Lisbon marathon, 20 miles in, 6 more miles to the finish line, and bang. I have no legs.

I did what is romantically referred to as 'bonking'.

I finished the race but I really, really didn't want to. Walking 10 km in absolute agony is as physically painful on the body as it is crushingly demoralising for the ol' ego. The finest moment of my day was crying into my cheese sandwich at the Praça do Comércio, lovingly prepared and brought to me by the beautiful and ever-supportive LB. It was all rather far removed from the image of triumphalism I was projecting for myself as I approached the start line some four and a half hours earlier. In the end I was happy to have made it to the finish line. Perhaps it was the sobering effect of the arduous, crippling walk, but I was ready to confess that my whole tragic scenario was entirely befitting of the standard of my preparation for the race. Which, needless to say, hadn't gone particularly well. I remain somewhat appauled that my set-backs in preparation did absolutely nothing to dispel any image I had of myself powering down the home straight, spring-chicken-esque, with fuel and energy to spare, soaking up the adulations of the crowd; and so pay for my foolishness I most certainly did. This, sadly, just seems to be my way.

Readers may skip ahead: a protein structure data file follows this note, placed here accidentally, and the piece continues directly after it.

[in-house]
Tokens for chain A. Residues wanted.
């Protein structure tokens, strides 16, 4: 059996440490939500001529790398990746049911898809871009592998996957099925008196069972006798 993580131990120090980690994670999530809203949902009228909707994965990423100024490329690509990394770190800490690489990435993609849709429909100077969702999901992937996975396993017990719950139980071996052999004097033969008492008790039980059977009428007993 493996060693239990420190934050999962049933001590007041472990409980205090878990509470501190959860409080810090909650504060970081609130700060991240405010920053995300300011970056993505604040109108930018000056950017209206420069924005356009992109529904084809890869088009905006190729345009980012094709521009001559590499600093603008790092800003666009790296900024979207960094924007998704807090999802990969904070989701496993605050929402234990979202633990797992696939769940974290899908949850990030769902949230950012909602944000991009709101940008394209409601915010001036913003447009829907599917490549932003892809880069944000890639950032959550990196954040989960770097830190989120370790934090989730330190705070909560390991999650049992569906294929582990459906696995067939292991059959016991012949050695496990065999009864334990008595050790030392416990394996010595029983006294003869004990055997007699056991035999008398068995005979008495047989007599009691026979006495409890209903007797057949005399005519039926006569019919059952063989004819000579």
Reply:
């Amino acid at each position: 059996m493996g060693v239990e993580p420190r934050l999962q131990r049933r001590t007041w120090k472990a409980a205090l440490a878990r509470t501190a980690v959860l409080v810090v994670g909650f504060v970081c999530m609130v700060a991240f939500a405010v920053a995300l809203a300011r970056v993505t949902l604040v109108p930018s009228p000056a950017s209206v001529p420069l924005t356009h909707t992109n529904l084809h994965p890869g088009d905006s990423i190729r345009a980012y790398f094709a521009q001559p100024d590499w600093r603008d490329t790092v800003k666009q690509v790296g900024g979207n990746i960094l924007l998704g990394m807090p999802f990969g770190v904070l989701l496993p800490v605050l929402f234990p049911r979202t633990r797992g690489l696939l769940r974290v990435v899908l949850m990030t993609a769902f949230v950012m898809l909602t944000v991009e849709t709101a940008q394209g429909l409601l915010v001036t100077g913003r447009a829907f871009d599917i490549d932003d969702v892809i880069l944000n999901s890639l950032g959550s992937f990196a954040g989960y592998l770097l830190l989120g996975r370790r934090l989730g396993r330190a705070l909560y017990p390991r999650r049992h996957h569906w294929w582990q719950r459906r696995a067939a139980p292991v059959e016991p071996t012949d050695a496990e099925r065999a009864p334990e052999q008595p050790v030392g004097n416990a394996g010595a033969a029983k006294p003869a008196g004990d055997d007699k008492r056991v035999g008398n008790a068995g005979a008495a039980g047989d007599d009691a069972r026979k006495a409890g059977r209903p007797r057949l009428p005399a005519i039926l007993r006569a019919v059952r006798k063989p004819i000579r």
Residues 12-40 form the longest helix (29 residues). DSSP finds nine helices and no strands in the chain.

Three days later and I'm back at PwC, in one of the board rooms on the ninth floor overlooking the Thames, listening intently to the wise, wise words of Anne Blackie. The sheer irony of it all weighing down upon me as I nodded meaningfully along to an entire hour long presentation exacting the virtues and the significance of preparation.